ICE director faces frosty reception next week on Capitol Hill

The Obama administration’s top immigration official faces a frosty reception on Capitol Hill next week when he appears before a panel to explain the release of hundreds of illegal immigrants from detention centers, a move that caught lawmakers off guard.

In advance testimony, Immigration and Customs Enforcement (ICE) Director John Morton said he regrets not giving Congress a heads up about the release. Morton said he wants to work with lawmakers to avoid future miscommunication on the agency’s actions.

“I regret that the timing of our releases caught many by surprise and we would be happy to brief your staffs further on this issue,” said Morton in his prepared remarks before the House Judiciary Committee.

Morton’s testimony echoes similar sentiments expressed in a separate letter to House Homeland Security Committee Chairman Mike McCaul (R-Texas) earlier this week.

“I regret that the timing of our releases caught some by surprise and we will work with the committee to avoid any such confusion in the future,” Morton wrote.

The administration has been on the defensive since news surfaced that ICE had released “several hundred” detainees. Internal budget documents from the agency that have since been made public suggest that as many as several thousand illegal immigrants may have been released onto a less costly supervised monitoring program.

House Judiciary Committee Chairman Bob GoodlatteRobert (Bob) William GoodlatteHouse Judiciary Chair expected to issue DOJ subpoena over Clinton emails as soon as this week GOP leaders back second special counsel GOP chairman threatens subpoena for FBI records on Clinton probe MORE (R-Va.) will have the first go at grilling Morton on Tuesday. Together with the Senate Judiciary Committee’s ranking member Sen. Chuck GrassleyCharles (Chuck) Ernest GrassleyGOP senator blocking Trump's Intel nominee GOP leaders to Trump: Leave Mueller alone GOP leaders back second special counsel MORE (R-Iowa), Goodlatte penned a highly critical letter to Homeland Security Secretary Janet Napolitano two weeks ago asking for more information.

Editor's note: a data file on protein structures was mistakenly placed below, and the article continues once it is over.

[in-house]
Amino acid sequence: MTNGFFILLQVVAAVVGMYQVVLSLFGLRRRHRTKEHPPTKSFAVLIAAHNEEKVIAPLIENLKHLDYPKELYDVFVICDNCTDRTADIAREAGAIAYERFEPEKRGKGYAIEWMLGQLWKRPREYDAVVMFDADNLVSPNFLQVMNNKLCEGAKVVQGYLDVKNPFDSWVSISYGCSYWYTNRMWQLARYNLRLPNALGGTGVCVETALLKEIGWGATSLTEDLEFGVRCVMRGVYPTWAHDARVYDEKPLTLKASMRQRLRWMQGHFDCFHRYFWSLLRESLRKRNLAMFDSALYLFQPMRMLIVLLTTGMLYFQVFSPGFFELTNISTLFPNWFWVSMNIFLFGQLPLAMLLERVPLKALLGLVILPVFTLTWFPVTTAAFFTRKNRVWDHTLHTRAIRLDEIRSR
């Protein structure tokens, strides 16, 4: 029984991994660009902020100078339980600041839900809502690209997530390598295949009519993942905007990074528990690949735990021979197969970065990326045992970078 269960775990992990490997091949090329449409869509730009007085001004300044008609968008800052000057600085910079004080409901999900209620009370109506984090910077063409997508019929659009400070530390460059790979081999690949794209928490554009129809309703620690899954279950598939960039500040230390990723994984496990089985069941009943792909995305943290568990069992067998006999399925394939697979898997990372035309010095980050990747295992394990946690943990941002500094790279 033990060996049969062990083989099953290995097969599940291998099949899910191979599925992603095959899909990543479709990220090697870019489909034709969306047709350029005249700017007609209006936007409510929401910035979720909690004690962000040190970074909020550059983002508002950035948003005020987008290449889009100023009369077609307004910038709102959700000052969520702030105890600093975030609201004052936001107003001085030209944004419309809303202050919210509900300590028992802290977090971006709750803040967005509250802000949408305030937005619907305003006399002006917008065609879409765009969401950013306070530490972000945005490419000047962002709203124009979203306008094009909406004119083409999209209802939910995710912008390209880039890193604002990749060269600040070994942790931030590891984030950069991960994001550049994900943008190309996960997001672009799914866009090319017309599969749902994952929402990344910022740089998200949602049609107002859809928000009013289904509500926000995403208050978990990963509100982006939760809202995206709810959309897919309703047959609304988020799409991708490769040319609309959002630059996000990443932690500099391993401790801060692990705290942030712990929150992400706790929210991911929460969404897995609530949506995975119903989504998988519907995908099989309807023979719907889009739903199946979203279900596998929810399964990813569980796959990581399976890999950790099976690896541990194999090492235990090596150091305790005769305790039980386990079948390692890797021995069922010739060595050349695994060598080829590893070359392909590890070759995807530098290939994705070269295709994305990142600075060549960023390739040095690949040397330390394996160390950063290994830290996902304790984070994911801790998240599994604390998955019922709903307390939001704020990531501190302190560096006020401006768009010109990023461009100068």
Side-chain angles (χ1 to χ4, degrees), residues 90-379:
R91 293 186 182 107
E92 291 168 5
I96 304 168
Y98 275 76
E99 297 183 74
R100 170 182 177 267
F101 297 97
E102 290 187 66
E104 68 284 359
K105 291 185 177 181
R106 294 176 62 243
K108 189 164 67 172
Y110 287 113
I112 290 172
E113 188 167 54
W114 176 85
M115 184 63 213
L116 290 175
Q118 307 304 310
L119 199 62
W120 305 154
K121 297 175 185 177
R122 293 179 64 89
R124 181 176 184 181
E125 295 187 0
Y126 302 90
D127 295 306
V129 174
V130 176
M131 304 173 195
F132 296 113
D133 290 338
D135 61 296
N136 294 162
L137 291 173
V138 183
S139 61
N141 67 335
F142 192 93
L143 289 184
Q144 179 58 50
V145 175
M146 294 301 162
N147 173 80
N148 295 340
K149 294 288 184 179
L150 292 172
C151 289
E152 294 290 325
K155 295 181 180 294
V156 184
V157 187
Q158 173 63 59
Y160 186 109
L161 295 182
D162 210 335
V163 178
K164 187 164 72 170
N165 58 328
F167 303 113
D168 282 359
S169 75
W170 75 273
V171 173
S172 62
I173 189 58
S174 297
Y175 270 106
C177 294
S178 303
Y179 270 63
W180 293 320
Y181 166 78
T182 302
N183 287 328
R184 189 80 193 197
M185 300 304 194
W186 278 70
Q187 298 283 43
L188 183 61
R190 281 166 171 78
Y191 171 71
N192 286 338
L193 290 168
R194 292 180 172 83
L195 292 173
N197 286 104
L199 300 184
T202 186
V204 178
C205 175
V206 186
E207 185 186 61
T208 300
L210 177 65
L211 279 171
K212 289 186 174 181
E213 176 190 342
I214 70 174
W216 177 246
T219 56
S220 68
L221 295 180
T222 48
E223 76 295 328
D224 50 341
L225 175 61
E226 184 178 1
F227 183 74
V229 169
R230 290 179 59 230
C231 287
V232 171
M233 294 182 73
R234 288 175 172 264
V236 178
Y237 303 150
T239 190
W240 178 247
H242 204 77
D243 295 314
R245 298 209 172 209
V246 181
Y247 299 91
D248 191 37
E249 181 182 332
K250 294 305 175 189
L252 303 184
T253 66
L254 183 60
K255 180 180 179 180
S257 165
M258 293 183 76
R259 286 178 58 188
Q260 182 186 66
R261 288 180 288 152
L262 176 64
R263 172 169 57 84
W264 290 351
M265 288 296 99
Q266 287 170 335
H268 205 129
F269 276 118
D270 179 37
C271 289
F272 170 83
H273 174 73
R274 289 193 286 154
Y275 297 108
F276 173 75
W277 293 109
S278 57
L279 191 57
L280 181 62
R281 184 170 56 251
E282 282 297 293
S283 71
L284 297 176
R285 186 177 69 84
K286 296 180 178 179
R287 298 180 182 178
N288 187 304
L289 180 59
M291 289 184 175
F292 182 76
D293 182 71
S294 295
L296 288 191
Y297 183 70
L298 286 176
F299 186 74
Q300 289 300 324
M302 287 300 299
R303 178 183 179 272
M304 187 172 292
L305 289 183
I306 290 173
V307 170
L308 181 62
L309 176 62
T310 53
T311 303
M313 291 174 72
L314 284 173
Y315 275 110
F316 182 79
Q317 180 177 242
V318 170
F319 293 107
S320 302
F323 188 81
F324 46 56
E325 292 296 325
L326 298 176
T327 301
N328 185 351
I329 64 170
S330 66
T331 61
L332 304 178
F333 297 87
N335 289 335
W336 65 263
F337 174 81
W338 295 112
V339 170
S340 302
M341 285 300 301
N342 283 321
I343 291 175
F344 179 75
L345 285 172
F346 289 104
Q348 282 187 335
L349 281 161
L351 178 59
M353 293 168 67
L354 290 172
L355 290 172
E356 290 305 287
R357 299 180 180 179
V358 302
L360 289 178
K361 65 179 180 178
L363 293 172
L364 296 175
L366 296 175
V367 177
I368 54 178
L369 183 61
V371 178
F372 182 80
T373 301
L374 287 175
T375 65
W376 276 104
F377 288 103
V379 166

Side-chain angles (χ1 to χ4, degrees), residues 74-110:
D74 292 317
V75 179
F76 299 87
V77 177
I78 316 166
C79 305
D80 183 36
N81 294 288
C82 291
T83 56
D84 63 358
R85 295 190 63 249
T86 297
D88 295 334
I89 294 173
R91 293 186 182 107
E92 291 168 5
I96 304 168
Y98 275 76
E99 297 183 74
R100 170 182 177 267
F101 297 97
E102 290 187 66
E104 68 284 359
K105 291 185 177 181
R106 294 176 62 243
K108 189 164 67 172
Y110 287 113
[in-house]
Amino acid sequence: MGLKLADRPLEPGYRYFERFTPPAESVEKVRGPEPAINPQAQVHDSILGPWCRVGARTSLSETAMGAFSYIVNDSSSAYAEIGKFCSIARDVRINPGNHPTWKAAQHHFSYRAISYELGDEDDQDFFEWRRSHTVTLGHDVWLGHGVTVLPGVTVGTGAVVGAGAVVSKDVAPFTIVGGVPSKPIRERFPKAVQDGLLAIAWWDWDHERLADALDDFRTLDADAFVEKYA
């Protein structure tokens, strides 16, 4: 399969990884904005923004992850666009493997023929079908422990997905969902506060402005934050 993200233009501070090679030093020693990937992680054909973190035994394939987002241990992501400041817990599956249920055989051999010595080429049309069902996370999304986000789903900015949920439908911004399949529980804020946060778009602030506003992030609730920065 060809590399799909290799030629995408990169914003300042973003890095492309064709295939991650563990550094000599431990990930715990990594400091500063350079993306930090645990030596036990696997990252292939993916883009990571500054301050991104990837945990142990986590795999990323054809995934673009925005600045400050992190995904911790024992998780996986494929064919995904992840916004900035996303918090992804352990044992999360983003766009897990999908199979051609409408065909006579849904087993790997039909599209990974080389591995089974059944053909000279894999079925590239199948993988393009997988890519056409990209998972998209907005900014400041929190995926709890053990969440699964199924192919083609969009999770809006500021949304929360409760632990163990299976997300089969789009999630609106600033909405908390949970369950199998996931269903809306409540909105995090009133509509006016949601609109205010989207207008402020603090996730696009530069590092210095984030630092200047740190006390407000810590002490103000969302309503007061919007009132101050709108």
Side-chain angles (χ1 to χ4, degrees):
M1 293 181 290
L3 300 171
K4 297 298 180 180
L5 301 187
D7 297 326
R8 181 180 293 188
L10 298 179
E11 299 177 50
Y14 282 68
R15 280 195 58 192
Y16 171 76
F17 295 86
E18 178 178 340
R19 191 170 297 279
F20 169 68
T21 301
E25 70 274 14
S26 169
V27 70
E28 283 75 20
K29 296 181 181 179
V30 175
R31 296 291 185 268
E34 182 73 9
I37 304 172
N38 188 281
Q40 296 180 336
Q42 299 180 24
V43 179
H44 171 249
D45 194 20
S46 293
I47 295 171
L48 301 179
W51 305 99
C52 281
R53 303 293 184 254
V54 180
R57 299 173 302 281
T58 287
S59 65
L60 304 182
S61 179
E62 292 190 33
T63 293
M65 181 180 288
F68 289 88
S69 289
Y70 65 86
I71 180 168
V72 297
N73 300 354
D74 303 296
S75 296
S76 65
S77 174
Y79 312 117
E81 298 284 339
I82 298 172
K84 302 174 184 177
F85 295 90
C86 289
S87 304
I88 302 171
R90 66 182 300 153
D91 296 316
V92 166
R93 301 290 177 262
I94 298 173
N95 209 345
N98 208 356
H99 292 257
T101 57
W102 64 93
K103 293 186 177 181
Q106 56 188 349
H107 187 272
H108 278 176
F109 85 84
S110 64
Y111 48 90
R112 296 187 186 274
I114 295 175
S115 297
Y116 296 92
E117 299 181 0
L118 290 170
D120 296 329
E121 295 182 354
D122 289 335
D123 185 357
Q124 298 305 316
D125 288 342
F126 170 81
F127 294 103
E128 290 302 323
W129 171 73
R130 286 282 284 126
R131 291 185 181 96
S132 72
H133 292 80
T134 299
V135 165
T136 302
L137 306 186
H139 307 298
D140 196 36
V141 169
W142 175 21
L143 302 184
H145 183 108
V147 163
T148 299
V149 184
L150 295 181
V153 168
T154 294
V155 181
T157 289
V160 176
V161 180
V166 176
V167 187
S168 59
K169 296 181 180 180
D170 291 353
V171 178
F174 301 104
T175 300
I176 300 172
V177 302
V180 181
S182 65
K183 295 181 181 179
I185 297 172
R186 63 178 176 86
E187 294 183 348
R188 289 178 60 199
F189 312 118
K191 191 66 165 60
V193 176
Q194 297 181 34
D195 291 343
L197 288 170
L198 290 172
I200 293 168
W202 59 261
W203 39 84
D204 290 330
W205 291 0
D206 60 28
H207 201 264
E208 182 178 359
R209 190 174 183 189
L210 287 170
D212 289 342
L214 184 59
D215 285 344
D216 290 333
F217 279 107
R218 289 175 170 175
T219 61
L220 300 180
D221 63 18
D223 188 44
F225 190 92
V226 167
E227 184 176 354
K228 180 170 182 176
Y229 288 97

A committee aide said that Goodlatte has not received any correspondence from Morton, aside from his advanced testimony.

Goodlatte is expected to question Morton for details on exactly how many illegal immigrants were released in the move that ICE and White House officials have described being made by career agency officials in an effort to deal with the automatic budget cuts put into place with sequestration.

There are a number of remaining questions on the move, which Speaker John BoehnerJohn Andrew Boehner4 reasons Mike Pompeo will succeed at Foggy Bottom The misunderstood reason Congress can’t get its job done GOP sees McCarthy moving up — if GOP loses the House MORE (R-Ohio) called “outrageous.”  Republican leaders are showing no signs of relenting in their criticism.

Grassley introduced an amendment to the Senate’s continuing resolution bill earlier this week that would force ICE to give Congress answers to many of their questions, including the nature of the crimes the detainees are alleged to have originally committed.

Administration officials have stressed that only low-risk illegal immigrants were released onto the monitoring program and that they all continue to be in deportation proceedings. The monitoring program was started under President George W. Bush as a less expensive alternative to housing people in detention facilities.

Grassley’s measure has garnered the support of Senate Minority Leader Mitch McConnellAddison (Mitch) Mitchell McConnellGOP senator blocking Trump's Intel nominee Spending bill delay raises risk of partial government shutdown support GOP leaders to Trump: Leave Mueller alone MORE (R-Ky.) and Sens. James InhofeJames (Jim) Mountain InhofeSenators to Trump: Keep pressure on North Korea while exploring talks Why did this administration back the Palestine Liberation Organization in terrorism case? Overnight Defense: Top general says countering Iran in Syria isn't US mission | Trump, Boeing reach 'informal' agreement for new Air Force One | Chair warns of Russian mercenaries in Syria MORE (R-Okla.), David VitterDavid Bruce VitterTrump nominates wife of ex-Louisiana senator to be federal judge Where is due process in all the sexual harassment allegations? Not the Senate's job to second-guess Alabama voters MORE (R-La.), John BoozmanJohn Nichols BoozmanSpending talks face new pressure Bill to bolster gun background checks gains enough support to break filibuster Senate Republicans call on Trump to preserve NAFTA MORE (R-Ark.), Pat RobertsCharles (Pat) Patrick RobertsRural America hopes Trump hasn't forgotten his promise Republicans slam Trump's tariffs plan Senate Republicans float legislation to reverse Trump tariffs MORE (R-Kan.) and Dan CoatsDaniel (Dan) Ray CoatsGOP senator blocking Trump's Intel nominee NSA nominee sails through second confirmation hearing New attacks spark concerns about Iranian cyber threat MORE (R-Ind.).

In his letter to McCaul, Morton said ICE was keeping an average of 35,176 illegal immigrants in detention facilities as of Feb. 4, 2013, which exceeds the 34,000 beds that Congress requires it to maintain.

“With such high levels of detention and with the looming possibility of sequestration, ICE officials had to lower the detention population in order to ensure that we did not overspend the funds provided by Congress under the continuing resolution,” wrote Morton.

By the end of February, ICE reported filling 30,773 beds. Republicans have repeatedly asked for answers about how the agency ensures that it meets congressional requirements on bed levels.

Morton said that while the average number of filled beds at detention facilities will fluctuate from month to month, “ICE always seeks to manage its detention beds to maintain the average funded over the course of the given appropriation.”